US 5253560 A
A sheet dispenser for dispensing thin film such as collagen film for wrapping food. The dispenser consists of a cabinet in which a row of collagen film is supported on rollers and the film is pulled off the roll by driven rollers. When a predetermined length has been pulled off the roll it is severed by a hot wire system in which the hot wire is located between rollers and supported in a tension head controlled by spring. A cutter bar supported on pivoted arms moves across so as to press the film against the hot wire during the cutting action.
1. A dispenser for sheet material, the dispenser comprising
(a) means for extracting a length of sheet material from a roll defining an axis,
(b) an axially extending head including two elements spaced by a fixed distance, each element having a convex surface, the spaced elements defining a gap between the convex surfaces, the head being movable forwardly toward the axis and backwardly and being biased forwardly,
(c) an axially extending bar including two portions spaced by a fixed distance, the bar being movable toward and away from the axis, from an initial position to a final position, through a range of intermediate positions wherein the spaced portions of the bar are disposed to draw an extracted length of sheet material over the convex surfaces of the spaced elements of the head and tautly across the gap and to clamp the tautly drawn material to the convex surfaces,
(d) means for moving the bar from the initial position, through the intermediate positions, to the final position, the head being movable backwardly with the bar as the bar is moved through the range of intermediate positions to the final position, and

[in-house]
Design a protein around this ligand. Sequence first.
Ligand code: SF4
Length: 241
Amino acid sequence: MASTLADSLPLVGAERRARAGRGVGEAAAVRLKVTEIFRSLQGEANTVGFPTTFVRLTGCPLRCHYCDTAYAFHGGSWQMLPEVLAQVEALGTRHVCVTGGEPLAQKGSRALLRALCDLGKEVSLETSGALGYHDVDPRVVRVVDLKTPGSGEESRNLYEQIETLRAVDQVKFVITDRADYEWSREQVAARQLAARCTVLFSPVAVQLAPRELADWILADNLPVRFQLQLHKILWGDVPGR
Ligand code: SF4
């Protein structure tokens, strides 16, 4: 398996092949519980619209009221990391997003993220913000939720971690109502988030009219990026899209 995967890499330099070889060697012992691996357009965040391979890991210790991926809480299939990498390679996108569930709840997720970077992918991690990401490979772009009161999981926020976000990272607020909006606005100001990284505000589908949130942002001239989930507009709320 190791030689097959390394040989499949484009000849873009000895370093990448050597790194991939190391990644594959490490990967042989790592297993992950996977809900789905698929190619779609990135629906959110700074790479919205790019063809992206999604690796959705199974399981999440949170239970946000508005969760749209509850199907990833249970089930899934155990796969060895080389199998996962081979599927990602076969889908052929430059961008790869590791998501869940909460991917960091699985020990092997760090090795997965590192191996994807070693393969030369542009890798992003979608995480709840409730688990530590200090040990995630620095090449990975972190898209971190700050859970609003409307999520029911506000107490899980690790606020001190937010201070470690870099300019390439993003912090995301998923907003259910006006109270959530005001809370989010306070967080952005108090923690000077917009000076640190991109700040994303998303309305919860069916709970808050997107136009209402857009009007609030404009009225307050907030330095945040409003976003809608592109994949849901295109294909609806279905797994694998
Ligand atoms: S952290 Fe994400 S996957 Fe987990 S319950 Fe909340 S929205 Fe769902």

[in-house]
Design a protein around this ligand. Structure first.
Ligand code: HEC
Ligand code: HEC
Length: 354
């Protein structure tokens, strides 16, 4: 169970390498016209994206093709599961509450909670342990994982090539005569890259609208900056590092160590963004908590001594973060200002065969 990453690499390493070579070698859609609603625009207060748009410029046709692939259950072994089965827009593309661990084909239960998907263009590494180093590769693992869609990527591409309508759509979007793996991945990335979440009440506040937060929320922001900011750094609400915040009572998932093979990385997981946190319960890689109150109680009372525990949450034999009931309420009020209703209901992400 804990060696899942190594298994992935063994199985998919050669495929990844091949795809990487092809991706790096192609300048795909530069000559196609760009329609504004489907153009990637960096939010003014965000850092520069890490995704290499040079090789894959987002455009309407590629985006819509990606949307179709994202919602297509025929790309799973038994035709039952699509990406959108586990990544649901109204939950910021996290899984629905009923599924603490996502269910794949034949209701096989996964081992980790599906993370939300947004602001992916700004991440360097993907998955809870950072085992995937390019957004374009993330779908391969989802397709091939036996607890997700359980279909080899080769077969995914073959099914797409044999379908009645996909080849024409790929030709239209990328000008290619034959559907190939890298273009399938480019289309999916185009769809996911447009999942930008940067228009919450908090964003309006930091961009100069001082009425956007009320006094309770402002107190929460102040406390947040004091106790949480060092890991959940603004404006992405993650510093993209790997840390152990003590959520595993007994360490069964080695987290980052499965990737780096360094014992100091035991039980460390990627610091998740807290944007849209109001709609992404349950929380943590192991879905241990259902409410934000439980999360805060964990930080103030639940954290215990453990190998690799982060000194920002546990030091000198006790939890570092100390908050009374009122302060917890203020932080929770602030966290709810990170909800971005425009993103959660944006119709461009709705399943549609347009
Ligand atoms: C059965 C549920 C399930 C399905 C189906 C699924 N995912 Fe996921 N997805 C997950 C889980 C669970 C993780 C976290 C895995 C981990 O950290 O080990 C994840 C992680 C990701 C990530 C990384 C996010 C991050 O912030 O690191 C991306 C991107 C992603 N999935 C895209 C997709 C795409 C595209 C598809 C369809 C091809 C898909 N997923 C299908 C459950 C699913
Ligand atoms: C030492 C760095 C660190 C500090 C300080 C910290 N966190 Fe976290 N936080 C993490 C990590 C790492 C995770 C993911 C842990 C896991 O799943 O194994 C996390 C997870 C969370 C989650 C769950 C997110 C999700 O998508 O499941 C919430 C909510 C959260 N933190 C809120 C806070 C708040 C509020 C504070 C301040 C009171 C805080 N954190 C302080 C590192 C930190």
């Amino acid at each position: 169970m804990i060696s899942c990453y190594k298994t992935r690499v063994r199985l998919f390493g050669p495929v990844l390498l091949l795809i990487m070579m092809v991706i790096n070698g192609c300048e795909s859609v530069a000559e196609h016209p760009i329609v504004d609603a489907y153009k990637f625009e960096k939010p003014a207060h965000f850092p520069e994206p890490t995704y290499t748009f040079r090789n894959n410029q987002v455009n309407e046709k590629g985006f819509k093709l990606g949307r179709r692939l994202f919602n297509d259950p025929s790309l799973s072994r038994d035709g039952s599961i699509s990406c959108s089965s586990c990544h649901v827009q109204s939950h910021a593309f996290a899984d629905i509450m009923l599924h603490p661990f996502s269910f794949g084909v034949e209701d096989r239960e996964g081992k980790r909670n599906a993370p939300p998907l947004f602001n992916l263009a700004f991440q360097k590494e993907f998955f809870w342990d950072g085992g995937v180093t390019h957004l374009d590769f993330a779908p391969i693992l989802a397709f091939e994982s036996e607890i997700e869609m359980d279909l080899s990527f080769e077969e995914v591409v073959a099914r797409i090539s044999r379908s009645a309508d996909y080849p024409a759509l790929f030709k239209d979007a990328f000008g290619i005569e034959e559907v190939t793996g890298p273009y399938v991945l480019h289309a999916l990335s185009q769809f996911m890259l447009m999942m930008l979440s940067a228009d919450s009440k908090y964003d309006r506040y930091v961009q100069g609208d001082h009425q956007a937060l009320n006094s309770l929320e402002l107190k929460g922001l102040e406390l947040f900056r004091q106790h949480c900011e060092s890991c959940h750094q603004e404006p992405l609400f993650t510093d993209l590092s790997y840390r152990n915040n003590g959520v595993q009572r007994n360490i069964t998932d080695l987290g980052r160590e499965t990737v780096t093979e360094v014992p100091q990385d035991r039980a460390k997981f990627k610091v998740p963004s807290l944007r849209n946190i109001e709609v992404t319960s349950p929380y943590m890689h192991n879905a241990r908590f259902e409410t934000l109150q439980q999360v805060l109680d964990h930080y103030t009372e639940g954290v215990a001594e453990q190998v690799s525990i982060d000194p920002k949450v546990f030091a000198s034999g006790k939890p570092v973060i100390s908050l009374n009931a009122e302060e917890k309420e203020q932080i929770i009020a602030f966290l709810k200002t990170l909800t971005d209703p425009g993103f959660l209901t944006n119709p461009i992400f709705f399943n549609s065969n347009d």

(e) means including a stationary, electrically heated, axially extending wire for severing the length of sheet material from sheet material remaining on the roll, the heated wire being disposed between the spaced elements of the head before the head is moved backwardly with the bar, whereby, after the extracted length of sheet material is drawn tautly over the convex surfaces of the spaced elements of the head and is clamped to the convex surfaces, movement of the bar through the range of intermediate positions to the final position moves the head and the tautly drawn length backwardly with the bar so as to bring the tautly drawn length into contact with the heated wire.
2. The dispenser of claim 1 wherein the spaced elements of the head comprise rollers defining axes parallel to the axis defined by the roll of sheet material.
3. The dispenser of claim 1 wherein the spaced elements of the head comprise jaws and the convex surfaces of the spaced elements axially extend on said jaws.
This application is a continuation, of application Ser. No. 07/464,816, filed Jan. 16,1990 and now abandoned.
This invention relates to a sheet dispenser for dispensing predetermined lengths of sheet material. The dispenser may be used for many different materials such as thin film known as cling film, collagen film for wrapping food, or any other film-like sheet which needs to be dispensed in predetermined lengths and to be cut from a roll.
An object of the invention is to provide a compact and efficient film dispenser which will accurately dispense predetermined lengths of films and will cut them accurately and neatly.
In accordance with the present invention the sheet material dispenser, particularly for collagen sheet, comprises motor driven means to extract a predetermined length of sheet material from a roll of material located in the cabinet, and means to sever the dispensed sheet from the roll.
Preferably the means to sever the dispensed sheet from the roll comprises an electrically heated wire.